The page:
Yesterday, the British government attempted to persuade members of Parliament that it had managed to secure the necessary assurances for a Brexit deal to pass.
In a sign that the forex markets may expect political instability to go down and that the risk of an economically tough Brexit could be lessened, the pound went up to $1.3290 in the GBP/USD pair.
It came after Prime Minister Theresa May returned from negotiations in Europe with what some have described as legally binding assurances.
She has attempted to secure changes to the Irish backstop arrangements for months, but there is no guarantee that these will satisfy those in her own Conservative Party – or, indeed, the wider parliament.
Elsewhere, the Japanese yen saw a drop after the US dollar rose against it by 0.2%.
However, the overall US dollar index, which tracks how the greenback is performing in comparison to six other currencies from across the globe, went down by 0.2% and reached 97.063.
This came in part from a rise in the value of the single European currency against the US dollar. It went up by 0.15% in the EUR/USD pair and reached $1.1259 at one stage.
There’s a lot still to come on the forex economic calendar in the next few days.
Today (Tuesday), there will be a major consumer price index release in the US. The overall index covering the month of February is out at 12.30pm GMT and is due to show no year on year change from 1.6%.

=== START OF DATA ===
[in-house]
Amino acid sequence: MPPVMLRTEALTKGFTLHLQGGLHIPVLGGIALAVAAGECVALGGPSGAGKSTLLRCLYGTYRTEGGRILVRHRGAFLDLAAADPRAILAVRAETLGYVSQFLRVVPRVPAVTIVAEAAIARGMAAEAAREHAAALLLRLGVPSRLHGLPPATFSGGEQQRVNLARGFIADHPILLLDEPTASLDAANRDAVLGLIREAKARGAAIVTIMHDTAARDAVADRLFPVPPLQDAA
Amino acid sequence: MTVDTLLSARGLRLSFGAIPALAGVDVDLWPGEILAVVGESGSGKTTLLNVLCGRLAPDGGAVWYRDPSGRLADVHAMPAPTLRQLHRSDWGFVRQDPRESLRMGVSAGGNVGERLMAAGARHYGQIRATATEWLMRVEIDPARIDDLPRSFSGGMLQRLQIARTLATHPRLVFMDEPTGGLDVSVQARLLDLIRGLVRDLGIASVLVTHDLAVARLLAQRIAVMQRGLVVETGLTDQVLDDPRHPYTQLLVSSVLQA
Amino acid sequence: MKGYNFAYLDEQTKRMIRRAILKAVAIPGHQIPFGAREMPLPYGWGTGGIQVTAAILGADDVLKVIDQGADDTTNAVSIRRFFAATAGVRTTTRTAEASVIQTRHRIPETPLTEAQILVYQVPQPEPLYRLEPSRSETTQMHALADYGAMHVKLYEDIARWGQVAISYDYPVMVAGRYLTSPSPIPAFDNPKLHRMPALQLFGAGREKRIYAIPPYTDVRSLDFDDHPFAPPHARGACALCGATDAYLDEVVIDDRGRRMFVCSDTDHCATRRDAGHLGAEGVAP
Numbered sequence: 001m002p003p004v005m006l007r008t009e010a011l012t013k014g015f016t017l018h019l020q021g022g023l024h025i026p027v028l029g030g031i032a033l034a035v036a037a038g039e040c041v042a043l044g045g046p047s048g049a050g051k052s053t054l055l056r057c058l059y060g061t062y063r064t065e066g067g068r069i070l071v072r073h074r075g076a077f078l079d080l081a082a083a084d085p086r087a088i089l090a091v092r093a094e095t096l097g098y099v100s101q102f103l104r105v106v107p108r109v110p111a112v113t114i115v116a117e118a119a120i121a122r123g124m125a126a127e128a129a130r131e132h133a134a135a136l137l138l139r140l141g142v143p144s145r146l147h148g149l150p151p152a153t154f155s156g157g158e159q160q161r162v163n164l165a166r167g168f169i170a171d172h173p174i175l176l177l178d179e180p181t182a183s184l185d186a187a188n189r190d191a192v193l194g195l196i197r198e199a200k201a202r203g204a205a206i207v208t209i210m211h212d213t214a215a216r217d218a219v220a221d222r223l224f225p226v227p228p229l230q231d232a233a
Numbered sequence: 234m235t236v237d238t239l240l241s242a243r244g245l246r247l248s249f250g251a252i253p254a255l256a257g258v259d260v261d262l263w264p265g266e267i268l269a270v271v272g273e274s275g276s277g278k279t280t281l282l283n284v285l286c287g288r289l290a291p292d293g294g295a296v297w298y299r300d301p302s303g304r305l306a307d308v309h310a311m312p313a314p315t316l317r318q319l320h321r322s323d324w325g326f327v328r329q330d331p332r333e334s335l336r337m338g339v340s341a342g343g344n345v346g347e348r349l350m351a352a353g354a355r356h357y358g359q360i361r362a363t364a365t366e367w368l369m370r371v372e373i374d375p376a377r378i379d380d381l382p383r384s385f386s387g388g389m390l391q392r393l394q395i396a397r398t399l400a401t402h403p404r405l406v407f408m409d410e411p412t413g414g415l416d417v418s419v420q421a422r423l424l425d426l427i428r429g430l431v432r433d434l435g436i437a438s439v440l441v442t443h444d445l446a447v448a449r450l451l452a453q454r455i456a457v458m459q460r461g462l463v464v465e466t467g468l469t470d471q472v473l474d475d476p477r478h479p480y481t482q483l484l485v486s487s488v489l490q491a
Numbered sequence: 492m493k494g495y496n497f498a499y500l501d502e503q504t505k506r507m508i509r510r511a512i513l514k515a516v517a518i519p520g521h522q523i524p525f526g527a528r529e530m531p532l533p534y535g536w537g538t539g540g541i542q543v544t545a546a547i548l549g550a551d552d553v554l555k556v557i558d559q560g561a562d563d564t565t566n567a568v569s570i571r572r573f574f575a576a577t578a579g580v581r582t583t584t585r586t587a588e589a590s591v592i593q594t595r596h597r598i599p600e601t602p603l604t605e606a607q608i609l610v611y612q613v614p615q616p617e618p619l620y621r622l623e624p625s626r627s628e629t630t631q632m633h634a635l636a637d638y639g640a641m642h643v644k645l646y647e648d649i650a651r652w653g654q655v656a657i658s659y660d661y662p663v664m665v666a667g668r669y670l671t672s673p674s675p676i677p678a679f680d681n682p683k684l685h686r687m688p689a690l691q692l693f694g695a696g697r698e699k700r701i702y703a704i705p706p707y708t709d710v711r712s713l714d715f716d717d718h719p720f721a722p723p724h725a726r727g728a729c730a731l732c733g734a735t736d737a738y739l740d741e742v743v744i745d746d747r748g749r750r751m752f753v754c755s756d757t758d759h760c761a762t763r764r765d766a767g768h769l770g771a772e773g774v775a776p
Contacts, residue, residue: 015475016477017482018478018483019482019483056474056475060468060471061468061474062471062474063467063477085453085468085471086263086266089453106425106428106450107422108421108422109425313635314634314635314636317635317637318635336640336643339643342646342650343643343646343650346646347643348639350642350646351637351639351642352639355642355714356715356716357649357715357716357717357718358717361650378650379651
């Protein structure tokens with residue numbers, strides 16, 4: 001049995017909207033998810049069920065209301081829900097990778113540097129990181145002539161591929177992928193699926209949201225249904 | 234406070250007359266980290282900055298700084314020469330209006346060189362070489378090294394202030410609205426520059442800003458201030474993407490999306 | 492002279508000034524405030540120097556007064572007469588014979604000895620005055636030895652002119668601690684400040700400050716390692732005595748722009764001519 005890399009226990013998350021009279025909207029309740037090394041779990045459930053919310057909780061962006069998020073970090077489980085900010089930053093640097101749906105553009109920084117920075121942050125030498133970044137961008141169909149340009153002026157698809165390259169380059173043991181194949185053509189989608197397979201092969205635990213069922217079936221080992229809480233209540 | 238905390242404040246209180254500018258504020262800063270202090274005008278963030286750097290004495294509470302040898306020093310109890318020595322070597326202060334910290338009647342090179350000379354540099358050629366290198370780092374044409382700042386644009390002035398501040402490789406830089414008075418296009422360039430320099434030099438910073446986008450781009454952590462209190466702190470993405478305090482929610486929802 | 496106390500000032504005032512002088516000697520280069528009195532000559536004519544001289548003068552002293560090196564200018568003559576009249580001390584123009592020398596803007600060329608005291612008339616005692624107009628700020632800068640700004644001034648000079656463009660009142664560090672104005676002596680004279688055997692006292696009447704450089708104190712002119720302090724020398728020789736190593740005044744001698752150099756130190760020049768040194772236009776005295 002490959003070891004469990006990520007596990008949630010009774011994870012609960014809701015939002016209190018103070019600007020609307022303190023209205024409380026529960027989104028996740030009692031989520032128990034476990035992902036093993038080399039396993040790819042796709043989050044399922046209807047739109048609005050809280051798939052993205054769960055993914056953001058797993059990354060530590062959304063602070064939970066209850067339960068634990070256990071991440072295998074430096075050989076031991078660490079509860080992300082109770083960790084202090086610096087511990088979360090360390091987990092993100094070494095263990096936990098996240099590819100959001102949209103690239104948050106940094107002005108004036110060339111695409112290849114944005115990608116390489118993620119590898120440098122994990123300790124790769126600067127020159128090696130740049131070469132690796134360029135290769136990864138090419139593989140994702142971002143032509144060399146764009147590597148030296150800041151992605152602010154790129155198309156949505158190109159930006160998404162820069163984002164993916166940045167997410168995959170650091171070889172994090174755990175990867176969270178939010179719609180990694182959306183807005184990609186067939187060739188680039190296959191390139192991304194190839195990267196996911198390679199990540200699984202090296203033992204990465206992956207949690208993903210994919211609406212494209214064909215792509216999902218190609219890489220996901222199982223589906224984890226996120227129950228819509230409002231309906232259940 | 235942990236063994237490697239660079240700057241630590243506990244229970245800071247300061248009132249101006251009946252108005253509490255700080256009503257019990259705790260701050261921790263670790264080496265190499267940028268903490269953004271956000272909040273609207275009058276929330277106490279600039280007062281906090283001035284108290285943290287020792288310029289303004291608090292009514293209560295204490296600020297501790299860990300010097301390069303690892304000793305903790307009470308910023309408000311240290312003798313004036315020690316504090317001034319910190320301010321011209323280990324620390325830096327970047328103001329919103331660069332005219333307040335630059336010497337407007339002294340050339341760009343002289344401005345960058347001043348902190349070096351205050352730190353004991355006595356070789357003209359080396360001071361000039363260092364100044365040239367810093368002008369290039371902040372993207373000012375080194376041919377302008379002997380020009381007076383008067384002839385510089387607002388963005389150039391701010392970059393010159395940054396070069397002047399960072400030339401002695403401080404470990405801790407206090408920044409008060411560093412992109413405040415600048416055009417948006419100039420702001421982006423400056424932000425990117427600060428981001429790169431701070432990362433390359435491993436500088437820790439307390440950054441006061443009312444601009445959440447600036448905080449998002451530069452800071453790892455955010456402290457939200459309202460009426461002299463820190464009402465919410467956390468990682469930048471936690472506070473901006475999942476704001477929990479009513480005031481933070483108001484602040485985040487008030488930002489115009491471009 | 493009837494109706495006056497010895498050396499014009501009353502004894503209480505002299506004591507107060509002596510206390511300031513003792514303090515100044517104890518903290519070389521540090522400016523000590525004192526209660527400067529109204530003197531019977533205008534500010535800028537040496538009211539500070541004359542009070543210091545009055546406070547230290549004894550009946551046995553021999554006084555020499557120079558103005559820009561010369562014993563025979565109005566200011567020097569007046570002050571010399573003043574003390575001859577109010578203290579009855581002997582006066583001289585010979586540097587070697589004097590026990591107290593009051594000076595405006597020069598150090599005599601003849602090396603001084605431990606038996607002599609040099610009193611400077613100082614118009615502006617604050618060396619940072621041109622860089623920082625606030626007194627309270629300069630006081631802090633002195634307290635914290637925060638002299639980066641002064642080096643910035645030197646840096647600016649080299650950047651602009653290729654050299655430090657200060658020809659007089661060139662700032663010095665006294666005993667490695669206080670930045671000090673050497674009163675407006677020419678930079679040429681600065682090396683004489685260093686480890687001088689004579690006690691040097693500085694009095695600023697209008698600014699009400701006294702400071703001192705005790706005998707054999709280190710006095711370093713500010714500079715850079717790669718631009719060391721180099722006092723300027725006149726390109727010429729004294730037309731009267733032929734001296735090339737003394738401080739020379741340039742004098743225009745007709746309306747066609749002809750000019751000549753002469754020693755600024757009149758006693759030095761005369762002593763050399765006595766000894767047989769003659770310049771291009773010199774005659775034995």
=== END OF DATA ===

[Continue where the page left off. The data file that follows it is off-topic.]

Lael Brainard, who sits on the Board of Governors of the Federal Reserve System, will speak at 1.45pm GMT.
At around 7pm, Theresa May will face her all-important vote in the UK House of Commons on her proposed Brexit deal.
There’ll be more central banker speech action on Wednesday morning when Yves Mersch, who is a former Governor of the Central Bank of Luxembourg and who is now on the Executive Board of the European Central Bank, speaks at 8.30am GMT.
The US producer price index for the month of February will be released at 12.30pm GMT. Excluding food and energy, it is expected to show a slight month on month drop from 0.3% to 0.2%.
However, that’s not the only US data release expected. A measurement of non-defence capital goods orders (excluding aircraft) for the month of January is due out at 12.30pm GMT as well. It is expected to show a change from -1% to +0.1%.
Another member of the European Central Bank’s Executive Board, Benoît Cœuré, is expected to speak at 5pm GMT.
On Thursday, key events will include a German harmonised consumer price index release covering February at 7am GMT, as well as a speech from Carolyn A. Wilkins, who is Senior Deputy Governor of the Bank of Canada, at 10.50pm GMT.
Friday, there will be an interest rate decision from the Bank of Japan. It is widely believed that the bank will hold rates steady at their very low current position of -0.1%.